Adaptive plasticity in primate motor cortex as a consequence of behavioral experience and neuronal injury

Randolph J. Nudo, Erik J. Plautz, Garrett W. Milliken

Research output: Contribution to journalArticle

69 Scopus citations

Abstract

It is now clear that the motor cortex of adult mammals is capable of widespread functional reorganization. After specific types of motor skill training, the cortical representations of the movements used to perform the task expand, invading adjacent motor representations. After peripheral nerve injury, representations of unaffected muscles expand, invading those of the denervated muscles. After focal cortical injury, representations in the uninjured, adjacent cortical tissue undergo widespread alterations. Specific changes are dependent upon the use of the affected limb during the postinjury period. It now appears likely that motor map alterability results from changes in synaptic efficacy of intrinsic horizontal connections within motor cortex. Taken together, these studies suggest that the neurophysiological circuitry underlying muscle and movement maps within primary motor cortex is continually remodeled throughout an individual's life. The functional organization of motor cortex is constantly reshaped by behavioral demands for the learning of new motor skills.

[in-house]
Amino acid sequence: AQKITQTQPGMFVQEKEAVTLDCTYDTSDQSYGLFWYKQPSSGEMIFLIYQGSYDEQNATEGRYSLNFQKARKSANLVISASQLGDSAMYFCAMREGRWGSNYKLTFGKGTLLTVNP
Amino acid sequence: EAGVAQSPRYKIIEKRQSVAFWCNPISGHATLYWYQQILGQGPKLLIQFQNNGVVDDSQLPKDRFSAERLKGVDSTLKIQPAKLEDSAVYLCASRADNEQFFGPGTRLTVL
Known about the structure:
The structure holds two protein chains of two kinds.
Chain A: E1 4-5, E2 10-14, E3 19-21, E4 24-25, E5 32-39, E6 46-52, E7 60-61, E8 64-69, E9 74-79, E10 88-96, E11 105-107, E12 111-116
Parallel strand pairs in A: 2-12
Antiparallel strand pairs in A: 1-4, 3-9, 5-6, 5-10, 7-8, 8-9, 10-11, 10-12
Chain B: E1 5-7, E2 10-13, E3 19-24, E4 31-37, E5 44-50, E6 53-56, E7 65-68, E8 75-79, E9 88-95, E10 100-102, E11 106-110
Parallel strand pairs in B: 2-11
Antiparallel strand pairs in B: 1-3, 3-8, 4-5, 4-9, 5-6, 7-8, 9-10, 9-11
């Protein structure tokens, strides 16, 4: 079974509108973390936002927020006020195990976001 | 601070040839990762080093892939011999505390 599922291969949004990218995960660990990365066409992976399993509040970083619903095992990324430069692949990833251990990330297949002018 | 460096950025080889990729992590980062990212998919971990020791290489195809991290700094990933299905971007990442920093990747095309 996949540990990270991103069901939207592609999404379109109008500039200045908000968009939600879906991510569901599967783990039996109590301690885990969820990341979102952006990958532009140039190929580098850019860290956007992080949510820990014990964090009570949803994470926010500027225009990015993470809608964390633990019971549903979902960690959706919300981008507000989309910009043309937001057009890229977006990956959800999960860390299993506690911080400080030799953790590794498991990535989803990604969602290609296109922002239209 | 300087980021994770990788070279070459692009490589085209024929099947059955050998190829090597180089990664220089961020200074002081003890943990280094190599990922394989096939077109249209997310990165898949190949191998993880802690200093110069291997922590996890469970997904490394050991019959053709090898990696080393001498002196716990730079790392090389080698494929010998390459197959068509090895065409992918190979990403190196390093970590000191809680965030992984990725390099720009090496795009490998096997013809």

Original languageEnglish (US)
Pages (from-to)13-23
Number of pages11
JournalSeminars in the Neurosciences
Volume9
Issue number1-2
DOIs
StatePublished - Jan 1 1997

Keywords

  • Learning
  • Motor cortex
  • Plasticity
  • Rehabilitation
  • Stroke

ASJC Scopus subject areas

  • Neuroscience(all)

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